Ad blocker explosion: Advertisers admit they've 'messed up' life for online users

The online ad industry admits it's partly to blame for the rise of ad blockers but warns that their rise may push users to enclosed platforms controlled by a few companies.
Written by Liam Tung, Contributing Writer
Mobile ad-blocking was enabled in Apple's default Safari browser with iOS 9.
Image: ZDNet.com
Having weighed up legal options against ad blockers just last month, the Interactive Advertising Bureau (IAB) has now gone to the other extreme and apologised for "messing up" the web with too many intrusive adverts.

The IAB, which represents publishers, ad agencies and ad networks, appears to be coming to terms with the role the advertising industry has played in spurring on the use of ad blockers, even though in 2014 it likened the people behind them to 'internet pirates'.

The group now concedes it has "messed up" and has vowed to make amends with a new set of advertising principles, dubbed 'LEAN' - or Light, Encrypted, Ad choice supported, Non-invasive ads.

"We messed up. As technologists, tasked with delivering content and services to users, we lost track of the user experience," confessed Scott Cunningham, general manager of the IAB Tech Lab.

On the one hand, ads help fund the production of content that consumers have come to expect for free, providing the main viable revenue stream for publishers in a market that's still reluctant to pay for content.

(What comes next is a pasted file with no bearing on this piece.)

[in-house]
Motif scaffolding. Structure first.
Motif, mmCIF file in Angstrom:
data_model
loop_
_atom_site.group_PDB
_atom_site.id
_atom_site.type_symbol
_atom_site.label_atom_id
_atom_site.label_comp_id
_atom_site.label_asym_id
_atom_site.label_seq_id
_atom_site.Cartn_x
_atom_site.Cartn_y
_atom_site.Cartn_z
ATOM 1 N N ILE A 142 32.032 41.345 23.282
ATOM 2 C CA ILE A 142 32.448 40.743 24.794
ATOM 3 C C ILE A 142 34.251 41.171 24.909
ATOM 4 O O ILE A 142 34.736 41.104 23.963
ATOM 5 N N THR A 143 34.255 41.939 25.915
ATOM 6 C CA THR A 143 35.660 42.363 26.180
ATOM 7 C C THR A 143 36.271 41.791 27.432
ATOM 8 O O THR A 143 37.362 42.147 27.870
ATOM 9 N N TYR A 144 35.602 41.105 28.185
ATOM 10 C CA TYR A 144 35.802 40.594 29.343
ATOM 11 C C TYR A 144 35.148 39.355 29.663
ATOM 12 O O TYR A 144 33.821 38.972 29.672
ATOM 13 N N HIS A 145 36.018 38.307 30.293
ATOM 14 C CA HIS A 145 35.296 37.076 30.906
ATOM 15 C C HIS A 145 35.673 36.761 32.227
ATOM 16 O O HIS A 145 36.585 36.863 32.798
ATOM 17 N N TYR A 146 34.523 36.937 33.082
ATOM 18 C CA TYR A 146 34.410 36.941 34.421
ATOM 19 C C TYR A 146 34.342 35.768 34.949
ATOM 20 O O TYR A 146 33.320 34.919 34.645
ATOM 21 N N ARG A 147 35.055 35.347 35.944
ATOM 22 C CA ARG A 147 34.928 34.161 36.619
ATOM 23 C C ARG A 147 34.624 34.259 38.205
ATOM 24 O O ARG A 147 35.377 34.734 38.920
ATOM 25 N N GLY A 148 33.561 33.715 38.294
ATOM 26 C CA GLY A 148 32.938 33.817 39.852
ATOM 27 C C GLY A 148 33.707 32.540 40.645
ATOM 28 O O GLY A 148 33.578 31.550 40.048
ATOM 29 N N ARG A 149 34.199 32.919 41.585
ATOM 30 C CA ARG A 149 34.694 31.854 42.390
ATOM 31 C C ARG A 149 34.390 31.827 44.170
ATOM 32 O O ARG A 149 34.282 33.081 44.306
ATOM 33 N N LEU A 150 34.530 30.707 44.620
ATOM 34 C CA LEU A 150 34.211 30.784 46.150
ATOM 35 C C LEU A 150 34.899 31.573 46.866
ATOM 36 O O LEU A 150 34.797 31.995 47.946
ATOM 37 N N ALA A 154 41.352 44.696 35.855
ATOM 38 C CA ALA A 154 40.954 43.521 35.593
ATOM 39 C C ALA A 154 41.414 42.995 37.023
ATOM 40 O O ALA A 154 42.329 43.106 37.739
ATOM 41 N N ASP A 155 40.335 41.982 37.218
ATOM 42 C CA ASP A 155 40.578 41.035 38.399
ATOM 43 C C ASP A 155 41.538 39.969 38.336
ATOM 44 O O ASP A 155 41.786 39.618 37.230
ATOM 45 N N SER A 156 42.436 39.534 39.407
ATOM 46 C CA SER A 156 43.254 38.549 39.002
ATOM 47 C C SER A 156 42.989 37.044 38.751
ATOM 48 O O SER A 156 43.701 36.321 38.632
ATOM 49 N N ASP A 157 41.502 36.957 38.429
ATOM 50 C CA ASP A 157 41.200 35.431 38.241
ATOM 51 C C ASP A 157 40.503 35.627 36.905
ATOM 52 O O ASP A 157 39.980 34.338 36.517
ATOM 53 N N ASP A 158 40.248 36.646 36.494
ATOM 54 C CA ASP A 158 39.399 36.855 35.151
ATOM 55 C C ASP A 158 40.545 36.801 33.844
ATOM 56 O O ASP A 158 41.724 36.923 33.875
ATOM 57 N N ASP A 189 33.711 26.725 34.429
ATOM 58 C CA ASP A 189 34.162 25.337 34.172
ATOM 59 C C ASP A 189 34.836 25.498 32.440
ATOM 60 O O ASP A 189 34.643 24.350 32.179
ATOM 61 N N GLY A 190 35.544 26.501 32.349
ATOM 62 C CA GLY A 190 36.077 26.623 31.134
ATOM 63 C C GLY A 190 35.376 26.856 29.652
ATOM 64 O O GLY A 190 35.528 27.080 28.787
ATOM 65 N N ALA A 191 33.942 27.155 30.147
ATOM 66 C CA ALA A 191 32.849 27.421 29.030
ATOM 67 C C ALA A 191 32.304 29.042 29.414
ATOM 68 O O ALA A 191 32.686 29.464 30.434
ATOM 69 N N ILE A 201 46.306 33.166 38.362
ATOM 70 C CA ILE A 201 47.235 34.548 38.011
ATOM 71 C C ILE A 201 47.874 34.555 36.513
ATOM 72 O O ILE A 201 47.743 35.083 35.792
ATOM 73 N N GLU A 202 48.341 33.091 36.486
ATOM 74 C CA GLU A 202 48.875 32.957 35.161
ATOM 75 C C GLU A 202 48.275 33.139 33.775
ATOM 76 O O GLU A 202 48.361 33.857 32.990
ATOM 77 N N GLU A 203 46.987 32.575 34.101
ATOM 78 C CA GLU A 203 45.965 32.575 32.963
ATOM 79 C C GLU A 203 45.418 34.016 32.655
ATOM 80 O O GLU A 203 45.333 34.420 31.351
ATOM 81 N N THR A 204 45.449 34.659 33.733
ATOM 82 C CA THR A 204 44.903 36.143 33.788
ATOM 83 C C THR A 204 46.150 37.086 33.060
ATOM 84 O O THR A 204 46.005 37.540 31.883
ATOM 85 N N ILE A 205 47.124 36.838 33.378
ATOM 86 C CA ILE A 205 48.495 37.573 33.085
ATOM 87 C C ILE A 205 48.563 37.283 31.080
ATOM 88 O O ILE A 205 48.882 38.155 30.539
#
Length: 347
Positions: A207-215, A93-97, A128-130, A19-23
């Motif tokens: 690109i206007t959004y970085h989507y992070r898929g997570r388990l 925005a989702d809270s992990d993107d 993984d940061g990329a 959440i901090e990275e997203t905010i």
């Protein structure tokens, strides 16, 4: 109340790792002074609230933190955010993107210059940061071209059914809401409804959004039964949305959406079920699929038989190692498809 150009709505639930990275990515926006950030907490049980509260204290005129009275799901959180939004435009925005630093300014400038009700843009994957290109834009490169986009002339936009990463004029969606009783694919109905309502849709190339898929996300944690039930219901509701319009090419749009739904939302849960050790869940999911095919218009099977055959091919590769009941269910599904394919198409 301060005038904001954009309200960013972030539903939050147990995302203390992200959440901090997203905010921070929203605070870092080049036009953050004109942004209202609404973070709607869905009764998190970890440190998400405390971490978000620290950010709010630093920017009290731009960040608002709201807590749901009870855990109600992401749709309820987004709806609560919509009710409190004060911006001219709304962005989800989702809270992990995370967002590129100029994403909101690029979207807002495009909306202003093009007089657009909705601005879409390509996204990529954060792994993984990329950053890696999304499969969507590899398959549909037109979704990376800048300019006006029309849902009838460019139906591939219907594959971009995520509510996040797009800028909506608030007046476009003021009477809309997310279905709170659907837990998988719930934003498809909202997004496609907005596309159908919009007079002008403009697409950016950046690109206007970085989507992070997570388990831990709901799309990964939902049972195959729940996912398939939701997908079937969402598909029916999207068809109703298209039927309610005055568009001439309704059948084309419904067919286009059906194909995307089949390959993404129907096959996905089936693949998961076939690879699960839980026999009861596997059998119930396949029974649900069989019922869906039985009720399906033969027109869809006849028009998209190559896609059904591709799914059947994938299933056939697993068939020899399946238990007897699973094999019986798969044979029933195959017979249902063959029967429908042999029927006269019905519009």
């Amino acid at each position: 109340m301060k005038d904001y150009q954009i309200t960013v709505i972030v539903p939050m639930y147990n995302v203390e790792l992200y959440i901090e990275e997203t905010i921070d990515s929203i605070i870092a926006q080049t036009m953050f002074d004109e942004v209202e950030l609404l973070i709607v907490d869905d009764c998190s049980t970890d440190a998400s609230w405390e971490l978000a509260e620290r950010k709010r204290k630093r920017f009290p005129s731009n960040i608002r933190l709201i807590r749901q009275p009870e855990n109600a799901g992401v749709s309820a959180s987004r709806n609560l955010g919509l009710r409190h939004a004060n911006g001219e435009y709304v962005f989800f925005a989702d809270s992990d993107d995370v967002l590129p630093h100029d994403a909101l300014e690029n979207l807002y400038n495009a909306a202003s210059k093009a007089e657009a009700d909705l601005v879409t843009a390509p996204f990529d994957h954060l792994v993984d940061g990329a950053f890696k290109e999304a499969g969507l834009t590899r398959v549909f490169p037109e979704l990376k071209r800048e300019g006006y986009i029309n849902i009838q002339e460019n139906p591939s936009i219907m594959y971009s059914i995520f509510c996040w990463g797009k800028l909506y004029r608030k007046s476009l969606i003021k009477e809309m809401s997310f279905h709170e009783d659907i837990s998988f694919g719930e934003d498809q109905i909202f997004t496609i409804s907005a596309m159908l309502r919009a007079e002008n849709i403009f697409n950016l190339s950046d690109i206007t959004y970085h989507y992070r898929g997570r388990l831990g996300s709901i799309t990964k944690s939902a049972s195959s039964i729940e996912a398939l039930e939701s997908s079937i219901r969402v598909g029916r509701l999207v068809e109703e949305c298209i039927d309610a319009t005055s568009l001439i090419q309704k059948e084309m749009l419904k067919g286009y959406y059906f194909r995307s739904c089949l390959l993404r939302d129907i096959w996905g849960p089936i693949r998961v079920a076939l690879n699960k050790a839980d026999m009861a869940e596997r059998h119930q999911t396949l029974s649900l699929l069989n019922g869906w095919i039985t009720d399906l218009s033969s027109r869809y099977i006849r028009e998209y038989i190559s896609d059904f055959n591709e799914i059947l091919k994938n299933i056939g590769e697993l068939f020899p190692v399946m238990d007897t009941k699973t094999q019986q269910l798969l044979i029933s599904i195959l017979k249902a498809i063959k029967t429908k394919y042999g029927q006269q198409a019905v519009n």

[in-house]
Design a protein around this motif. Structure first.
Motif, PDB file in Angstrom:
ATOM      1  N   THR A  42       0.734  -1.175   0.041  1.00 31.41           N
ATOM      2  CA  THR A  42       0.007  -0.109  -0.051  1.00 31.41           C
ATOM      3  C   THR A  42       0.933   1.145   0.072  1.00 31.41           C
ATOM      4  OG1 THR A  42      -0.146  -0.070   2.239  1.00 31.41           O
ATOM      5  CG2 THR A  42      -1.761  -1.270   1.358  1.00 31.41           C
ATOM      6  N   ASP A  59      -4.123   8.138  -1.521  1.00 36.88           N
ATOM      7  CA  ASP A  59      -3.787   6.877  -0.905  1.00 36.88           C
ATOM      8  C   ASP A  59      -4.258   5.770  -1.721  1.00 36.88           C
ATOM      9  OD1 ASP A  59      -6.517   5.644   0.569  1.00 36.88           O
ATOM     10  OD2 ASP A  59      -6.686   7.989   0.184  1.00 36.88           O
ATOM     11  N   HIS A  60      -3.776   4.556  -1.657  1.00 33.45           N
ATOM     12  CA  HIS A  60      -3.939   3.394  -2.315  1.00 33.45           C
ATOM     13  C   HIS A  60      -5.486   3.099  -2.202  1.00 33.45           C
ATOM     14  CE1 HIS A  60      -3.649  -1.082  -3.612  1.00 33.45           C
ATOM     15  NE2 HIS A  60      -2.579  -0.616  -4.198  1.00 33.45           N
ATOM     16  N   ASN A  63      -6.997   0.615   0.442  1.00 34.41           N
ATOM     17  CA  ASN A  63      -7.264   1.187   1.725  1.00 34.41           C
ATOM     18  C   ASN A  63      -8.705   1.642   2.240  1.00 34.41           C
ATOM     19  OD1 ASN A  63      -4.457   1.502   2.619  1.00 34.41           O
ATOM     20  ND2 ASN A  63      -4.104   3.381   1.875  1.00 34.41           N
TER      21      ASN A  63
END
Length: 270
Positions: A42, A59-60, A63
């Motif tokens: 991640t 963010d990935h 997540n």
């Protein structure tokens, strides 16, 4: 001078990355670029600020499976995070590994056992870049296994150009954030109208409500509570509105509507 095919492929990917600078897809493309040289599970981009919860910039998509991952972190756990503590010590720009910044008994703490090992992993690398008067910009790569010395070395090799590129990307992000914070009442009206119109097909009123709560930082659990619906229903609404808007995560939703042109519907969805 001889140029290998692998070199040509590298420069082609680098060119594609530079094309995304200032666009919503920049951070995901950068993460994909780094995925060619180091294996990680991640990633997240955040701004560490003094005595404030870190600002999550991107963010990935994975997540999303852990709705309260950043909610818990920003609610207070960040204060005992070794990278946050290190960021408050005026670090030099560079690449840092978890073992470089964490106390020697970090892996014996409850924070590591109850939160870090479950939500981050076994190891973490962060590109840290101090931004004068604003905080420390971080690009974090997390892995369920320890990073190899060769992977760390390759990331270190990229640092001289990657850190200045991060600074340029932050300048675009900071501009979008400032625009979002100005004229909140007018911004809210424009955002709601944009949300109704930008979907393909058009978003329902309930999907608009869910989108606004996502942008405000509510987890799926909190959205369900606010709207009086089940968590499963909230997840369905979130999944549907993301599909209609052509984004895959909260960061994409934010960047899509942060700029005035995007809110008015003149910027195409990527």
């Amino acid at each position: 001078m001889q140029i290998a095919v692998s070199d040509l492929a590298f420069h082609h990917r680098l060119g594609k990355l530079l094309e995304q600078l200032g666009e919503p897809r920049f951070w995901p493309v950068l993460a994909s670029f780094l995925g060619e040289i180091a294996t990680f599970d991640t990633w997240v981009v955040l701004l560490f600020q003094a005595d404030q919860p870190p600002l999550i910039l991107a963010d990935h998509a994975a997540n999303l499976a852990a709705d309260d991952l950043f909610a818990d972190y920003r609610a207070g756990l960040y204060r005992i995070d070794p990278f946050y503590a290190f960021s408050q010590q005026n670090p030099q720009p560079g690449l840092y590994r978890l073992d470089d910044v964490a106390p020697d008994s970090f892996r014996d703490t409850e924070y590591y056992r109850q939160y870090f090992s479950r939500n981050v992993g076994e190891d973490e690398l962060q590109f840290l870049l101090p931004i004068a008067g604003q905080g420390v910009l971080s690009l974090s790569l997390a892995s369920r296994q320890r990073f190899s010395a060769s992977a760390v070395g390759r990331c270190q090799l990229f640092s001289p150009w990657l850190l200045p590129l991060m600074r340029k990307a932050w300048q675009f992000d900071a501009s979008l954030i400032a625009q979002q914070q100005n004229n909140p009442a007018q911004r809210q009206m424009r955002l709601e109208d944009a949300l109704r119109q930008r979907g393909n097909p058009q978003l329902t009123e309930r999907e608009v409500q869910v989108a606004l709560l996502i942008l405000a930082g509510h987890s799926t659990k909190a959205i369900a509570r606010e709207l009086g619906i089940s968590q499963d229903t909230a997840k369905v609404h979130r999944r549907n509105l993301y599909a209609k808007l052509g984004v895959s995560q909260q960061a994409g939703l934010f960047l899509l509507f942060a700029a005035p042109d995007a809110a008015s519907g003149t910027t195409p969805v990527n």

On the other, users are frustrated with ad-tracking and pages bloated with adverts that slow down load times, particularly on mobile devices.

The issue was brought to a head by Apple's support for ad-blocking in its mobile Safari browser in iOS 9, alongside the launch of the Apple News app, which operates outside the web.

Google, one of the IAB's key members, earlier this month announced its response to ad blockers in the form of Accelerated Mobile Pages (AMP) project, its open-web response to both the closed alternatives from Apple and Facebook's Instant Articles for publishers.

"The rise of ad-blocking poses a threat to the internet and could potentially drive users to an enclosed platform world dominated by a few companies," Cunningham noted.

His apology touches on why Google recently began pausing Adobe Flash ads in Chrome, namely battery drain -- a move that coincided with the IAB's promise to phase out Adobe Flash-based display ads for mobile-friendly HTML5.

"Looking back now, our scraping of dimes may have cost us dollars in consumer loyalty. The fast, scalable systems of targeting users with ever-heftier advertisements have slowed down the public internet and drained more than a few batteries," Cunningham said.

"We were so clever and so good at it that we over-engineered the capabilities of the plumbing laid down by, well, ourselves. This steamrolled the users, depleted their devices, and tried their patience."

The IAB's apology comes after the organization suggested in early September it was considering adding legal action to its technical responses.

Adobe and PageFair earlier this year estimated ad blockers cost publishers $22bn in 2015, and that ad-blocker usage had exploded over the past year, with users now totalling 45 million in the US and 12 million in the UK and 18 million Germany.

LEAN will not replace existing advertising standards, but rather will provide the basis for an alternative set of standards, according to the IAB.

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